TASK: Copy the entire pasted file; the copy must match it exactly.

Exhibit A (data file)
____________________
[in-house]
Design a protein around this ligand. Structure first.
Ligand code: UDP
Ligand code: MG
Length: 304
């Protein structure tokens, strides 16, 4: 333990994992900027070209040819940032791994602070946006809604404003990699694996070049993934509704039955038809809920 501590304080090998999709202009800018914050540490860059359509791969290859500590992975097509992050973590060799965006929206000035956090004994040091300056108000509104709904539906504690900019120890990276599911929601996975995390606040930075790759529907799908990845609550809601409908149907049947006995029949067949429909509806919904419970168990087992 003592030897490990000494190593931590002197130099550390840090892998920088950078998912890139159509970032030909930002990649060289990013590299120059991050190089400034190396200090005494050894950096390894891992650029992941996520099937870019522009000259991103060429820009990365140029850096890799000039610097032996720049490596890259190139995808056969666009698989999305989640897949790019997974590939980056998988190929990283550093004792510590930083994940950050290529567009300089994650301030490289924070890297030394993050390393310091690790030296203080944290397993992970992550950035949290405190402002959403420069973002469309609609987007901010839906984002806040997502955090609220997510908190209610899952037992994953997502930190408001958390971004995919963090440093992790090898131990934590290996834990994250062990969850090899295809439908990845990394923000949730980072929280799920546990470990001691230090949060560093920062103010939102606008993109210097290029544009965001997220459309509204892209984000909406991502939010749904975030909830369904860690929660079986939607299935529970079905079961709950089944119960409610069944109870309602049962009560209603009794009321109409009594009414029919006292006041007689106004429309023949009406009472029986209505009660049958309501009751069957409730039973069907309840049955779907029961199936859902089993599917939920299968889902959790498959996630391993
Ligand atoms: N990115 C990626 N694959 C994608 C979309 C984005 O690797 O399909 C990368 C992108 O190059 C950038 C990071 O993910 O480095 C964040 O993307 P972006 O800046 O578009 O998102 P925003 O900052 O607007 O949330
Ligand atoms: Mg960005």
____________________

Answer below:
[in-house]
Design a protein around this ligand. Structure first.
Ligand code: UDP
Ligand code: MG
Length: 304
């Protein structure tokens, strides 16, 4: 333990994992900027070209040819940032791994602070946006809604404003990699694996070049993934509704039955038809809920 501590304080090998999709202009800018914050540490860059359509791969290859500590992975097509992050973590060799965006929206000035956090004994040091300056108000509104709904539906504690900019120890990276599911929601996975995390606040930075790759529907799908990845609550809601409908149907049947006995029949067949429909509806919904419970168990087992 003592030897490990000494190593931590002197130099550390840090892998920088950078998912890139159509970032030909930002990649060289990013590299120059991050190089400034190396200090005494050894950096390894891992650029992941996520099937870019522009000259991103060429820009990365140029850096890799000039610097032996720049490596890259190139995808056969666009698989999305989640897949790019997974590939980056998988190929990283550093004792510590930083994940950050290529567009300089994650301030490289924070890297030394993050390393310091690790030296203080944290397993992970992550950035949290405190402002959403420069973002469309609609987007901010839906984002806040997502955090609220997510908190209610899952037992994953997502930190408001958390971004995919963090440093992790090898131990934590290996834990994250062990969850090899295809439908990845990394923000949730980072929280799920546990470990001691230090949060560093920062103010939102606008993109210097290029544009965001997220459309509204892209984000909406991502939010749904975030909830369904860690929660079986939607299935529970079905079961709950089944119960409610069944109870309602049962009560209603009794009321109409009594009414029919006292006041007689106004429309023949009406009472029986209505009660049958309501009751069957409730039973069907309840049955779907029961199936859902089993599917939920299968889902959790498959996630391993
Ligand atoms: N990115 C990626 N694959 C994608 C979309 C984005 O690797 O399909 C990368 C992108 O190059 C950038 C990071 O993910 O480095 C964040 O993307 P972006 O800046 O578009 O998102 P925003 O900052 O607007 O949330
Ligand atoms: Mg960005």